Ayanda Billie from KwaNobuhle, Uitenhage, is a freelance writer, jazz critic and poet. His English poetry collection Avenues of my Soul was published in 2006 followed, in 2017, by a collection of isiXhosa poetry, Umhlaba Umanzi. His most recent publication KwaNobuhle Overcast, published in 2018, is a collection of personal observations of the place he has called home for more than four decades. His poetry is often dark and paints a gloomy picture of one of the largest townships in Nelson Mandela Bay but Billie believes that poetry provides “a glimmer of a new dawn, it brings hope and the moment you embrace it, it spreads its wings of compassion”. He will be performing his poetry to music arranged by Mkhululi Fiesto Gxasheka.
Writer & performer: Ayanda Billie
Music arranged by: Mkhululi Fiesto Gxasheka
Video editor & visuals: Siyabulela Skelem Bolokoqoshe
ABOUT THE ARTISTS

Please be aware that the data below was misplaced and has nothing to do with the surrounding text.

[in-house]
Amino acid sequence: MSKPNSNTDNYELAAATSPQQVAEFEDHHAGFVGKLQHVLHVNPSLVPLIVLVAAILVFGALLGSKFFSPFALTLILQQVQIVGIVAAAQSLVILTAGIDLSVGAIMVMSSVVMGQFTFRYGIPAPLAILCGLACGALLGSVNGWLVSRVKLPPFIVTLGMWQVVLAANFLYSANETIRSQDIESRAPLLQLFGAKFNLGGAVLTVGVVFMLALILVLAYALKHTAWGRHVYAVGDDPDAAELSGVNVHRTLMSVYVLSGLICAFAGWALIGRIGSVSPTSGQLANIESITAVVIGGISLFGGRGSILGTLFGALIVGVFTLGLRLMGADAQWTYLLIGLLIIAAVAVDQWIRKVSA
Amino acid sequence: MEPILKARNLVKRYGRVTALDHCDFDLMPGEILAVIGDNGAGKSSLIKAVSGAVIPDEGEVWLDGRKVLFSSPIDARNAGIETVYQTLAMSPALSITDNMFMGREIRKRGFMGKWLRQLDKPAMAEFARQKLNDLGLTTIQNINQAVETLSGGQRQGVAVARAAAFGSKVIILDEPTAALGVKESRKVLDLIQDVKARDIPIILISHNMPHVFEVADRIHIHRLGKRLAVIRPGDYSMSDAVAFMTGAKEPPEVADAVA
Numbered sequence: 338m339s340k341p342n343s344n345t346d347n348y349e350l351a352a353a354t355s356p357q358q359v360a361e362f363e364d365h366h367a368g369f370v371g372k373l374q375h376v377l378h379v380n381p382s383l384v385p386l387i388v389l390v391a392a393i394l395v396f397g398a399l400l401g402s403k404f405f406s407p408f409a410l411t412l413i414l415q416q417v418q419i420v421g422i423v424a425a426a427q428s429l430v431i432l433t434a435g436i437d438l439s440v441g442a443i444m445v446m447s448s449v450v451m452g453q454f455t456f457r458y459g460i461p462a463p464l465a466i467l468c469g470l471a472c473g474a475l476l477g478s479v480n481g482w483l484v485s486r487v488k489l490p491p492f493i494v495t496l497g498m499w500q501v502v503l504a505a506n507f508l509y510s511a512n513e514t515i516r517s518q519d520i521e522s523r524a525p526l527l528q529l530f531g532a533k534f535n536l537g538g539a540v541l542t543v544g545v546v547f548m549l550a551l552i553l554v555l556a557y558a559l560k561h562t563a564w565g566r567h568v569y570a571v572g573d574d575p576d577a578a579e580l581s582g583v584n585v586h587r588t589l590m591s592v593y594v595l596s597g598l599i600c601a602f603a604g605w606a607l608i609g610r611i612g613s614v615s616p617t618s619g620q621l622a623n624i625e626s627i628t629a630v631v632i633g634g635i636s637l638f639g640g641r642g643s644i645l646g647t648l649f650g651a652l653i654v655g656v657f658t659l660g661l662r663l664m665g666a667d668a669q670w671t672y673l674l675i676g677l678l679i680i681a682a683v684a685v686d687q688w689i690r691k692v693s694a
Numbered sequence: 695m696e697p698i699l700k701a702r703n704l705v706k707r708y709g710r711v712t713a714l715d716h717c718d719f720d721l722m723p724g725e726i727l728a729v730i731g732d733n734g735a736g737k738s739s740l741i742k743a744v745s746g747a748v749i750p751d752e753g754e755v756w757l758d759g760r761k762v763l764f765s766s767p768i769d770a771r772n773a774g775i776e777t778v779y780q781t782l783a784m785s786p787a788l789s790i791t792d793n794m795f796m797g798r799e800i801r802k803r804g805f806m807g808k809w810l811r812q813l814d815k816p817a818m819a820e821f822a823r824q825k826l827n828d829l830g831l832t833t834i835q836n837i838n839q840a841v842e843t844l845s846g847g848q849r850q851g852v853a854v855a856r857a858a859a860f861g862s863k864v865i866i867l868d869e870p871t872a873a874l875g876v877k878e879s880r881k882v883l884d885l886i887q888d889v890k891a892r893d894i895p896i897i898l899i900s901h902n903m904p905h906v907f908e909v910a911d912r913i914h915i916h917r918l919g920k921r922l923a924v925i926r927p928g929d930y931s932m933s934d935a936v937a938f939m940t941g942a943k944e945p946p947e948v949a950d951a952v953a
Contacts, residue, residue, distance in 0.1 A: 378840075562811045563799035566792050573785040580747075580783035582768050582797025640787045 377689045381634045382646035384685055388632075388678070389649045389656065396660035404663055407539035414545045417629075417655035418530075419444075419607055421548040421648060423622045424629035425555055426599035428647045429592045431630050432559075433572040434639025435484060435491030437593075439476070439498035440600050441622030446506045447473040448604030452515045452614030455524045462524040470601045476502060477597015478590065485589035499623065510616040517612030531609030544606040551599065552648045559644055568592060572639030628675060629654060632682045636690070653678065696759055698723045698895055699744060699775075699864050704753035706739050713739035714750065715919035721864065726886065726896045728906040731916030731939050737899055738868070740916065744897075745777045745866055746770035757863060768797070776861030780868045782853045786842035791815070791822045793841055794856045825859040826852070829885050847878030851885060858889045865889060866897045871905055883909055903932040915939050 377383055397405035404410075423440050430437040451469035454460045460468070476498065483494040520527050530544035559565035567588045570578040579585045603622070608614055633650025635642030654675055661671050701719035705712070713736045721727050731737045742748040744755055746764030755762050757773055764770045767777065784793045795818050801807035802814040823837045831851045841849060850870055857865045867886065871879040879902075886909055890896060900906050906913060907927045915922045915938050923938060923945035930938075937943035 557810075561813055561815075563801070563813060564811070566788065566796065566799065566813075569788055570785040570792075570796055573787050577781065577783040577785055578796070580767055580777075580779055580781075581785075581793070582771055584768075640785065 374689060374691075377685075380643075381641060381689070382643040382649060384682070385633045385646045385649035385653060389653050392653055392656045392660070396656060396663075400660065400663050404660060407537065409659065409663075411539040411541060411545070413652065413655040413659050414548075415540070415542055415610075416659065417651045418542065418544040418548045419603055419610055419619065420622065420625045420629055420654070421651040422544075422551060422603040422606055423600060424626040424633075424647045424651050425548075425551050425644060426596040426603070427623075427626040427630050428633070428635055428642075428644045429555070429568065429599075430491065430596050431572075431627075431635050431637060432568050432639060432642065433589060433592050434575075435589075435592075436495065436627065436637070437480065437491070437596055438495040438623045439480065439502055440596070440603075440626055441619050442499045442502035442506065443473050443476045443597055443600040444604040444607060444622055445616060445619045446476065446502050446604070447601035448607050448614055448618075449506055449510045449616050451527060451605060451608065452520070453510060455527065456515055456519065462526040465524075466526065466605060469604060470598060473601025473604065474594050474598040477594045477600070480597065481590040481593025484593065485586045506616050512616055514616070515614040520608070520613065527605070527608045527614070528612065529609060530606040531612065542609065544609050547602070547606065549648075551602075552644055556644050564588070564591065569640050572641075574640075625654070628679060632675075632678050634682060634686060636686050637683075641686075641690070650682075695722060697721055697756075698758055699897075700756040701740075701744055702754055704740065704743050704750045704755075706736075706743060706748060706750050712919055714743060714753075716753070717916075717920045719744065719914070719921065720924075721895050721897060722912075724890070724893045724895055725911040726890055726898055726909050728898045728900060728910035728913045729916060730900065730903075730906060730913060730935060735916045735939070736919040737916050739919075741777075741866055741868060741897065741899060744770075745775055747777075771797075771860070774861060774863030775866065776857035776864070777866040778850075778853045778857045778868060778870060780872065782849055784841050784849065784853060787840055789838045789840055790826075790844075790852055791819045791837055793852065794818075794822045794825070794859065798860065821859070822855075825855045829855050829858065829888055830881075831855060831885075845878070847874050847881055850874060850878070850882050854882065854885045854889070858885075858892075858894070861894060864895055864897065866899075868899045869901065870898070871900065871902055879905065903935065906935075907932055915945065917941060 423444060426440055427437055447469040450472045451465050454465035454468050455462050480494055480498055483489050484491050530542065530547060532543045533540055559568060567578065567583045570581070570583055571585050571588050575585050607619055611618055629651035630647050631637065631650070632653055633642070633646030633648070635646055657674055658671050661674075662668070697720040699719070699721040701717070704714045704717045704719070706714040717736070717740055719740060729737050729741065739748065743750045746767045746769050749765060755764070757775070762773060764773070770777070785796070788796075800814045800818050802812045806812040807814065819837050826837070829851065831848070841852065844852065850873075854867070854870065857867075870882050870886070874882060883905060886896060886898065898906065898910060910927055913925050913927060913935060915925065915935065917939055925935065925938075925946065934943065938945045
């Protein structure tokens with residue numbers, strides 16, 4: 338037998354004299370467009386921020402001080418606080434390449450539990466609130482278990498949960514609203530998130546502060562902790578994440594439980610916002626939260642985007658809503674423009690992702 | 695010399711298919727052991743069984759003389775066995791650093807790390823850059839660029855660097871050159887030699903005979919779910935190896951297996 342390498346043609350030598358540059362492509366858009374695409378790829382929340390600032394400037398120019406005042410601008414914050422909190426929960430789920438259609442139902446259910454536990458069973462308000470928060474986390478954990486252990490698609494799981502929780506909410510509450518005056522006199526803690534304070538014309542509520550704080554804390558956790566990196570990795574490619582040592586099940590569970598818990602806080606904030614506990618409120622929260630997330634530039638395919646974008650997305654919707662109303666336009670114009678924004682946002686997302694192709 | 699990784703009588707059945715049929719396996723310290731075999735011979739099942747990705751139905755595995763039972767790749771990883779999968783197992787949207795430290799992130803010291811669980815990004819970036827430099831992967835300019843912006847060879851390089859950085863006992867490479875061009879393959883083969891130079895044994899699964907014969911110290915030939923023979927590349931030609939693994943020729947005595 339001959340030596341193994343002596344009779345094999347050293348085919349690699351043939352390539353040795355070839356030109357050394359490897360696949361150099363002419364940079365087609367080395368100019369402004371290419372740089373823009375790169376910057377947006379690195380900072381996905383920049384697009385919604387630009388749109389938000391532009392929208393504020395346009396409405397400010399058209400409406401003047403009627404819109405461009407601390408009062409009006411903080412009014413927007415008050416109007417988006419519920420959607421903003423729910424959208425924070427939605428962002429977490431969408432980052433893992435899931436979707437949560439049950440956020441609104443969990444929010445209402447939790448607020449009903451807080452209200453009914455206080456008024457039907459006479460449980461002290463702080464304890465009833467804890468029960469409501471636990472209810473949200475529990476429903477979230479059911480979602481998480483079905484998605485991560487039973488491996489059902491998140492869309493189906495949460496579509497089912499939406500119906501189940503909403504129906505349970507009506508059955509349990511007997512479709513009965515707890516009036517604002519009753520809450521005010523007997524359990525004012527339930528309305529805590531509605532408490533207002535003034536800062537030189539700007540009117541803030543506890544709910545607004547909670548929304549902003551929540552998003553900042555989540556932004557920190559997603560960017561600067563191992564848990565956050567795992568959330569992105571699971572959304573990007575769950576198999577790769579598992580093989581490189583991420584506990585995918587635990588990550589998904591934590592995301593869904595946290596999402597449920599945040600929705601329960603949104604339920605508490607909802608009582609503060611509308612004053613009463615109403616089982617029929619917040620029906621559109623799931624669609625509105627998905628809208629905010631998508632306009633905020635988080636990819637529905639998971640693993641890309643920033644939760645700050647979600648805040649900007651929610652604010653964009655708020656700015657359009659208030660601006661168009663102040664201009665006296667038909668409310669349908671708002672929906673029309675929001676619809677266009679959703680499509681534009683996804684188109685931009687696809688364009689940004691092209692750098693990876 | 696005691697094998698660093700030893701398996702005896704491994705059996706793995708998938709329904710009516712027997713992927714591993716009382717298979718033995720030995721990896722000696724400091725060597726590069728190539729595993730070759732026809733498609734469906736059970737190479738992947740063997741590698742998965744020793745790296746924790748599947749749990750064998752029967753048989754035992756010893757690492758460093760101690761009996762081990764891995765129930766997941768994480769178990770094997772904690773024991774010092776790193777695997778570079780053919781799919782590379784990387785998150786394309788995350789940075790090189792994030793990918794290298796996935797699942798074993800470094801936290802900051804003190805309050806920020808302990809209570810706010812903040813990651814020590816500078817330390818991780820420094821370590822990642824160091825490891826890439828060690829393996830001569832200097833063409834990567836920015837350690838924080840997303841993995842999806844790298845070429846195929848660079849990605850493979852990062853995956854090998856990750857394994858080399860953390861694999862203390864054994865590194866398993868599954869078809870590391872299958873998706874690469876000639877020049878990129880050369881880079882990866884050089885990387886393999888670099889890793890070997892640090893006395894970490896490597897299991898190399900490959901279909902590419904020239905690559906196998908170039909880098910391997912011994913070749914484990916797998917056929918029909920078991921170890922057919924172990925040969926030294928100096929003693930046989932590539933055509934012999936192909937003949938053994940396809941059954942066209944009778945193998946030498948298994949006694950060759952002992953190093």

Ayanda Billie is a freelance writer and poet. He graduated from Rhodes University with MA degree in Creative Writing in 2016. He was born and bred in Uitenhage in the township of KwaNobuhle were he still lives. Currently works at Volkswagen SA as a Quality Operator. He has three published poetry collections, Avenues of my Soul, 2006 (English); Umhlaba Umanzi, 2017 (isiXhosa); and KwaNobuhle Overcast, 2018 (English). The theme of his poetry is about the joy and the deep-seated grief of his community of Kwa-Nobuhle: the brightness of hope on the faces of children running around the streets, the strides made by their mothers, the confusion of factory workers who are lost in darkness since the dawn of the new dispensation. Then there are more personal poems: “my own joys as well as the difficulties that have kept me from sleep and strangled my dreams” as a writer, even though like Mafika Gwala, I believe that “words are born the way mothers beget children/words are born to survive time”. His style is influenced by imagistic, mystic and soulful poetry, such as the haunting Spanish voice of Garcia Lorca who wrote, “I lose myself in the heart of certain children” and the absorbing Xhosa voice of SEK Mqhayi. “In response to their poetry my offering will be words that enliven us; my style will be what I sees in the mirror, through the window, the sound of rain on my zinc roof and what frightens me.”